The following is provided by Jim Reeb:
50 Years today the USS SCORPION was lost with 99 crewmen dying in the incident. The following is analysis of what caused the loss of the USS SCORPION by Mr. Bruce Rule. Mr.
Bruce Rule is an acknowledged acoustics expert. You can judge for yourself. Ref: (a) Originator s ltr of 14 Mar 2009 (b) SCORPION SAG Report: “EVALUATION OF DATA AND ARTIFACTS RELATED TO THE USS SCORPION (SSN-589) (U)” of 29 June 1970, prepared for presentation to the CNO SCORPION Technical Advisory Group by the Structural Analysis Group: Peter Palermo, CAPT Harry Jackson, Robert Price, et al. (c) Originator s ltr of 28 Oct 2009
Encl: (1) Enclosure (1) to Originator s ltr of 14 March 2009
The USS SCORPION was lost because hydrogen produced by the 65-ton, 126-cell TLX-53-A main storage battery exploded in two-stages one-half second apart at 18:20:44Z on 22 May 1968. These events, which did not breach the pressure-hull, prevented the crew from maintaining depth-control. As discussed by reference (a), the SCORPION pressure-hull collapsed at 18:42:34Z at a depth of 1530-feet. Noted times are actual event times on board SCORPION.
This assessment is NOT the generic attribution of the loss of a submarine to a battery-explosion advanced as a default explanation in the absence of any more likely construct. This assessment is based on (1), the results of examination and microscopic, spectrographic and X-ray diffraction analyses of recovered SCORPION battery material that confirm an explosion occurred, and (2), the July 2008 reanalysis of the SCORPION precursor acoustic signals that identified these signals as explosions contained within the SCORPION pressure-hull. Collectively, these findings indicate battery explosions were the initiating events responsible for the loss of SCORPION on 22 May 1968.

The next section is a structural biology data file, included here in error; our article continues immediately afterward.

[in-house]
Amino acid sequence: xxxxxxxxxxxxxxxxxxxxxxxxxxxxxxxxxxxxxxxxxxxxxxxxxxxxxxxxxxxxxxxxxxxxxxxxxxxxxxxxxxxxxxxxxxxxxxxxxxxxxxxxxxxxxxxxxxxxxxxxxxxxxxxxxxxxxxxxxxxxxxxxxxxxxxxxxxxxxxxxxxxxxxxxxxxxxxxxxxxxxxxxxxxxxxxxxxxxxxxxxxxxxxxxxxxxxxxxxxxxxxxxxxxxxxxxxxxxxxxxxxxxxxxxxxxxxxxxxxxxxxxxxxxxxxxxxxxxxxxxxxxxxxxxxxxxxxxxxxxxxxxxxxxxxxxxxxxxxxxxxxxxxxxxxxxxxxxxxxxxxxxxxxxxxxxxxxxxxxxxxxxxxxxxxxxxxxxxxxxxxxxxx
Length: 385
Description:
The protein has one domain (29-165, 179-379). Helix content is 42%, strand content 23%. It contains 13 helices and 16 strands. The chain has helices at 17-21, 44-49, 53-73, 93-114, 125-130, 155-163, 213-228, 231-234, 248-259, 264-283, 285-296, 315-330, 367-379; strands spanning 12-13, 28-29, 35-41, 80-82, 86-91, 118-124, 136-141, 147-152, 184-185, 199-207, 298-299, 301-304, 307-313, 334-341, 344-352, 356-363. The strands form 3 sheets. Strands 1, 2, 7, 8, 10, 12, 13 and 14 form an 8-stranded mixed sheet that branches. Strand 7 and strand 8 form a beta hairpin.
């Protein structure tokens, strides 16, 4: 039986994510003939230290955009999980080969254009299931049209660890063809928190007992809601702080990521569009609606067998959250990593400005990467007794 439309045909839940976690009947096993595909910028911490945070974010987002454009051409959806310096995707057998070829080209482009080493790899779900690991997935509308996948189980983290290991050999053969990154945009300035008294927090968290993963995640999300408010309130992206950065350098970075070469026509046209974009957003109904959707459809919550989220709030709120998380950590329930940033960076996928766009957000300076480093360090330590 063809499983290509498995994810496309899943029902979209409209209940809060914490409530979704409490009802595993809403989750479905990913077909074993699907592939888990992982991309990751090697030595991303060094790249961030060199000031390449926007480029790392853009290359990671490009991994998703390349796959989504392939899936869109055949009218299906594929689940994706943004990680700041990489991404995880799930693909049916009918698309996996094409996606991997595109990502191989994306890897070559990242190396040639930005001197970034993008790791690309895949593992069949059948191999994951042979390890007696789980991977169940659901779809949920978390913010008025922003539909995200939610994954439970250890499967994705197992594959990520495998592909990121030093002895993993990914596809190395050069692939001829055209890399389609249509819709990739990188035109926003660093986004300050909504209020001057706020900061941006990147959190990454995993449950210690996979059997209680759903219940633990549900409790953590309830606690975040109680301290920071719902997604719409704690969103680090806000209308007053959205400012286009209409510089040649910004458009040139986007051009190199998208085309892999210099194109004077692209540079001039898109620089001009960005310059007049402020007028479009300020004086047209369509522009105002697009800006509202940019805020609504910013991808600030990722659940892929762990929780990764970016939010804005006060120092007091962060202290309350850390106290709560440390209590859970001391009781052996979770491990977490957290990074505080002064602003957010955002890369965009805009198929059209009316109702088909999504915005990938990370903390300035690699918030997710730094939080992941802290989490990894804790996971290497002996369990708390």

DISCUSSIONS: EXAMINATION AND METALLURGICAL ANALYSIS OF A RECOVERED SCORPION BATTERY COMPONENT Section 7.1.3, page 7.2 of reference (b) states: (quote) ….the general battery damage is violent. The high velocity intrusion of pieces of the flash arrestor into both inside and outside surfaces of the retrieved plastisol cover attest to violence in the battery well. The damage to the terminal battery post coupled with the violent tearing of the plastisol covers indicates the possibility of a battery explosion. While it is possible that this damage could have been an after-effect of hull implosion, the SAG (Structural Analysis Group) feels that the intrusion of particles into the plastisol cover would have been much less severe had water been in the battery well at the time. (end quote) Section 5.3.6, page 5.17 of reference (b) states: (quote) The battery installed in SCORPION was a TLX-53-A, manufactured by Gould-National Battery, Inc. Battery cell debris is in evidence over the entire debris field. Table 5-2, page 5.38 provides a list of the battery debris identified by the Portsmouth Naval Shipyard analysis team. (end quote) Comment: Table 5-2 notes damage from heat and melting. The presence of melting eliminates the possibility that such damage occurred as a result of pressure-hull collapse (implosion) because analysis of acoustic data discussed by Section IV of reference (c), confirms SCORPION was fully-flooded within 0.112-seconds of pressure-hull and bulkhead collapse; hence, the melting damage (and the battery explosion) had to have occurred within the still-intact SCORPION pressure-hull.